“Mercenary Brothers”: Roman wandering

“Mercenary Brothers: Roman Wandering


“Mercenary Brothers” with Ethan Hawke is a film about the pandemic, religion, madness. And it is unclassifiable, like any work by Abel Ferrara. 

The title of the original release, “Zeros and Ones” refers to binary, that system of “0s” and “1s” used in computer programming languages. What is Abel Ferrara referring to? To the twin brothers both played by Ethan Hawke, the hostage who calls for everything to be blown up or the soldier who travels through Rome at nightfall? Unless it's about the pandemic and its end…

J.J. arrives in Rome, where he criss-crosses the deserted streets due to – one imagines – confinement. He visits a woman – his brother’s ex – and her child. The gestures are strange, they kiss through their masks… which they end up removing. J.J. contemplates the Vatican, the statues, before continuing his wandering. Her brother, Justin, was kidnapped and tortured. In a video, he calls to destroy everything, talks about Jesus, about sacrifice.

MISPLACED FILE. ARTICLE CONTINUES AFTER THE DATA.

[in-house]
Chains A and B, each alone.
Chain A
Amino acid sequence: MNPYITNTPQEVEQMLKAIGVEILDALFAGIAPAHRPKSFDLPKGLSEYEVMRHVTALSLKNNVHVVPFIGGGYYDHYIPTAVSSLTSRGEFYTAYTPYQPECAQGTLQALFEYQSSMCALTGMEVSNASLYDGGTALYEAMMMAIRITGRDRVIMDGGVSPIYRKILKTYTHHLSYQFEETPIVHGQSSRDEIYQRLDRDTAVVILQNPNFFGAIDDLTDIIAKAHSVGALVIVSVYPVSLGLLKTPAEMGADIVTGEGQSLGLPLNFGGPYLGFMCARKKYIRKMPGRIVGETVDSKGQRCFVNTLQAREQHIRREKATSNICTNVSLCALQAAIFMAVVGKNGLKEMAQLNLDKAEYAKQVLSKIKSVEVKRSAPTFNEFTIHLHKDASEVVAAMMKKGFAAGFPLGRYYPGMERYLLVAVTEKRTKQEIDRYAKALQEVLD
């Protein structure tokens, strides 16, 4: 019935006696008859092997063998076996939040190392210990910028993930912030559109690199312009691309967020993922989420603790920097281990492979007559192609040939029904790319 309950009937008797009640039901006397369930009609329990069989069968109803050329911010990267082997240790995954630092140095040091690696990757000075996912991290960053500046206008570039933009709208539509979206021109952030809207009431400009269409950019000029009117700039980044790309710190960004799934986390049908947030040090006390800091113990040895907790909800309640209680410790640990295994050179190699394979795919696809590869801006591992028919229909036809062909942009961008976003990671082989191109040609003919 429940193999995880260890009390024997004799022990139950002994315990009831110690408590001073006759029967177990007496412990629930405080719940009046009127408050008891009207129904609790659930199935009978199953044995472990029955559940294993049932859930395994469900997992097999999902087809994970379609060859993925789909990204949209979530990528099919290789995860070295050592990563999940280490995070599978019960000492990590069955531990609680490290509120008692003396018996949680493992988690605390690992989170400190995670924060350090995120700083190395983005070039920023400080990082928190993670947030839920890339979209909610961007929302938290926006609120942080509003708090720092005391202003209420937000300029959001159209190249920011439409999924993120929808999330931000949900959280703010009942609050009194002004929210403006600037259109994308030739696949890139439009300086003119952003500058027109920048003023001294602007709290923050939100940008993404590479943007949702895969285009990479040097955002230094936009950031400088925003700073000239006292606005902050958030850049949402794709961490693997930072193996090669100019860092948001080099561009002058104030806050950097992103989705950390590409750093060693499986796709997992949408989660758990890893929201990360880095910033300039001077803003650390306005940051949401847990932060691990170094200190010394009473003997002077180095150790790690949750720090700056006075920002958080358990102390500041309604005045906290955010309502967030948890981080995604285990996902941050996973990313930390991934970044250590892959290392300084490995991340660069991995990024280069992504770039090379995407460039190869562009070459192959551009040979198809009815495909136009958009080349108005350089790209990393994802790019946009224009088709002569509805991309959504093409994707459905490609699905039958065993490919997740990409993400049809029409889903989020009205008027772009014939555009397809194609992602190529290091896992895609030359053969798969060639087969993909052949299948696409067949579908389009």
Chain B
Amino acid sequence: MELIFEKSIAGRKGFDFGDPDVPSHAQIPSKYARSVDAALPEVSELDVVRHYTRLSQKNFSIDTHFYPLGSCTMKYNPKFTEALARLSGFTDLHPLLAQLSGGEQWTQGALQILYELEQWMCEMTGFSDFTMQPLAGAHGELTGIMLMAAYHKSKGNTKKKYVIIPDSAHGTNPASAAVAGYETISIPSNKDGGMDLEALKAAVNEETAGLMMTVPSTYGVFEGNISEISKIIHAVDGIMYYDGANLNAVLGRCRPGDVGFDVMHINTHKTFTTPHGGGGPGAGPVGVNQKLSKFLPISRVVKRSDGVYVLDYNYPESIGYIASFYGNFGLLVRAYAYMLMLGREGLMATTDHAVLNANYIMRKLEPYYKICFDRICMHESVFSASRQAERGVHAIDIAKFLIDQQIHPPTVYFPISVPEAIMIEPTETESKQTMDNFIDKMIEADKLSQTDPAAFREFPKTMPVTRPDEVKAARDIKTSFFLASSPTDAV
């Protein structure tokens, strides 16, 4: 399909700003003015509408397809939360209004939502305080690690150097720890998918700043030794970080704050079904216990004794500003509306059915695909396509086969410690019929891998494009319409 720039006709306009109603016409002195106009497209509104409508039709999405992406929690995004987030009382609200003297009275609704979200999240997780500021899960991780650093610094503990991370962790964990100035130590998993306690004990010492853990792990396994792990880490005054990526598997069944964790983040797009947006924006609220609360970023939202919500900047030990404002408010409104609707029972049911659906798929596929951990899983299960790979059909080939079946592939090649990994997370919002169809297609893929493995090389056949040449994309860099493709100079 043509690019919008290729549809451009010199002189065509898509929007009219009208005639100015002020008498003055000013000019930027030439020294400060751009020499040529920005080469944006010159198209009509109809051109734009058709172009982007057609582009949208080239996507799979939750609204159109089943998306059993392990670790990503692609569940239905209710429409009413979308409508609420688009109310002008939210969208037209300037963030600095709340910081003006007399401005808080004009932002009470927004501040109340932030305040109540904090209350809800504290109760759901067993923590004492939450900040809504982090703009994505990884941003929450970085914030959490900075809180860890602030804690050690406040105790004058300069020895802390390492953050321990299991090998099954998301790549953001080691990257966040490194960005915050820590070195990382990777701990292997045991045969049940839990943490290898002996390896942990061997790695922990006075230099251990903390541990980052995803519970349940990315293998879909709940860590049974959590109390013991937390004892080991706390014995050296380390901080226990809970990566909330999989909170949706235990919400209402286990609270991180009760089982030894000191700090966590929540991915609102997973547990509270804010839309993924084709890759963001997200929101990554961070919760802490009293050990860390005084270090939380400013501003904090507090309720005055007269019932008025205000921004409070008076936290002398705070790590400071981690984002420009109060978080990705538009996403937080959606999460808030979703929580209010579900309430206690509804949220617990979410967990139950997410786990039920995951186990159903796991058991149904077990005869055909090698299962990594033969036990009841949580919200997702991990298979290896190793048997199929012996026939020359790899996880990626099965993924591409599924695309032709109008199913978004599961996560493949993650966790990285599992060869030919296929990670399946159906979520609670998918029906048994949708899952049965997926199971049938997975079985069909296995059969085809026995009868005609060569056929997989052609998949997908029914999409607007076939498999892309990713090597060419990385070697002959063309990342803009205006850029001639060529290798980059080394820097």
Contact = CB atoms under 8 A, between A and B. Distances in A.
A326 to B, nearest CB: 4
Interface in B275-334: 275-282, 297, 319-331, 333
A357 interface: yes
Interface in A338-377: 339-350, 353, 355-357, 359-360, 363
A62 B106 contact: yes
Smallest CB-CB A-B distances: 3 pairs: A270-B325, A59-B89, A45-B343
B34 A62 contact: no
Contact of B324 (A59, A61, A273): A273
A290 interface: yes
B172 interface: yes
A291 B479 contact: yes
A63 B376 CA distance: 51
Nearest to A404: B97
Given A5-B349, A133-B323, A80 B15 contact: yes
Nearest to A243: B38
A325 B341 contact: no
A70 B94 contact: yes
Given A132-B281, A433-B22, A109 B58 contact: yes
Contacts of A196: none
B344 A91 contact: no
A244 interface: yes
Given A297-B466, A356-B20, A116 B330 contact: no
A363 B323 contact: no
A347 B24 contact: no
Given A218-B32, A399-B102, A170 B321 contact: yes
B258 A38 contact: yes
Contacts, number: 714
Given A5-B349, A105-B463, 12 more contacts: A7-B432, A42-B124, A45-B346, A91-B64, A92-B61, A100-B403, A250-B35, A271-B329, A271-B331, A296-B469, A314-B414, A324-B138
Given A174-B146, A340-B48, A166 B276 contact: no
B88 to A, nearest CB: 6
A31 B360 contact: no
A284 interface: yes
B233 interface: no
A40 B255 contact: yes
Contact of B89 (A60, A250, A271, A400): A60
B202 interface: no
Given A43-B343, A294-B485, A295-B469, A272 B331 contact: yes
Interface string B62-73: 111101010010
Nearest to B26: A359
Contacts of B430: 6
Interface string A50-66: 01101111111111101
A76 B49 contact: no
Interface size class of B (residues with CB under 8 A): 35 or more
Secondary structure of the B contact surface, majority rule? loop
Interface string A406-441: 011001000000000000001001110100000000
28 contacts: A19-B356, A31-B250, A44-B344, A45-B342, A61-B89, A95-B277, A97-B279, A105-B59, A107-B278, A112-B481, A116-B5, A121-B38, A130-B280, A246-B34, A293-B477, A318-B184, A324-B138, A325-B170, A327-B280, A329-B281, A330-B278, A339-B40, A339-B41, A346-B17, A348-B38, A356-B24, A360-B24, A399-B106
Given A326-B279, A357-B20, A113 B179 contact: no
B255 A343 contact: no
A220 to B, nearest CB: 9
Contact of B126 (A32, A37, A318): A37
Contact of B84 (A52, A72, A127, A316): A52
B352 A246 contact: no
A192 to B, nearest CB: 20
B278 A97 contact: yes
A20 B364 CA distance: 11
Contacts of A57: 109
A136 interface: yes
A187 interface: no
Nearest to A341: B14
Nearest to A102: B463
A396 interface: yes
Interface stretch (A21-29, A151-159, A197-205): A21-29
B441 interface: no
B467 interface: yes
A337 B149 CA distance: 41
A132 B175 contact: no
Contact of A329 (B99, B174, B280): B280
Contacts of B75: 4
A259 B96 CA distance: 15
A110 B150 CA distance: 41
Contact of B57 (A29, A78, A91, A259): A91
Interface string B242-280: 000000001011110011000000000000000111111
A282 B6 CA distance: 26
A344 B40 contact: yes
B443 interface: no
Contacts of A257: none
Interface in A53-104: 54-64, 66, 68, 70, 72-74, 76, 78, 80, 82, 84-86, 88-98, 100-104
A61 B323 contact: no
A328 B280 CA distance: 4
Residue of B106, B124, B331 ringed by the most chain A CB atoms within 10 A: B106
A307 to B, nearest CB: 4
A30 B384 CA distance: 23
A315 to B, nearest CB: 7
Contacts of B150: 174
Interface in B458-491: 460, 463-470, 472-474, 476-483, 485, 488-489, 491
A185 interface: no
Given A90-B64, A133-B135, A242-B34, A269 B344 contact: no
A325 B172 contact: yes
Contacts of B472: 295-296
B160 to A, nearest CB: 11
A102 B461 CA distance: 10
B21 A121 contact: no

But there is Ethan Hawke the fake actor who makes an appearance at the beginning and at the end of the feature film, talking about his experience, the script, what “Mercenary Brothers” means. And even if it does not enlighten us, the two moments are sympathetic. Because, what to understand from the feature film filmed as a kind of stolen documentary with its pixelated images, sometimes blurred, and always dark?

We can see in it an allegory on the pandemic, on this violence that it causes born in us, this loss of bearings and spontaneity. We can see there a reflection on religion, on resistance, on military action… In short, we will find there what we want to see there and that's good.

    < li>Rating: 3.5 out of 5
  • “Mercenary Brothers” is available digitally via Club illico and video-on-demand platforms from the 18 January.
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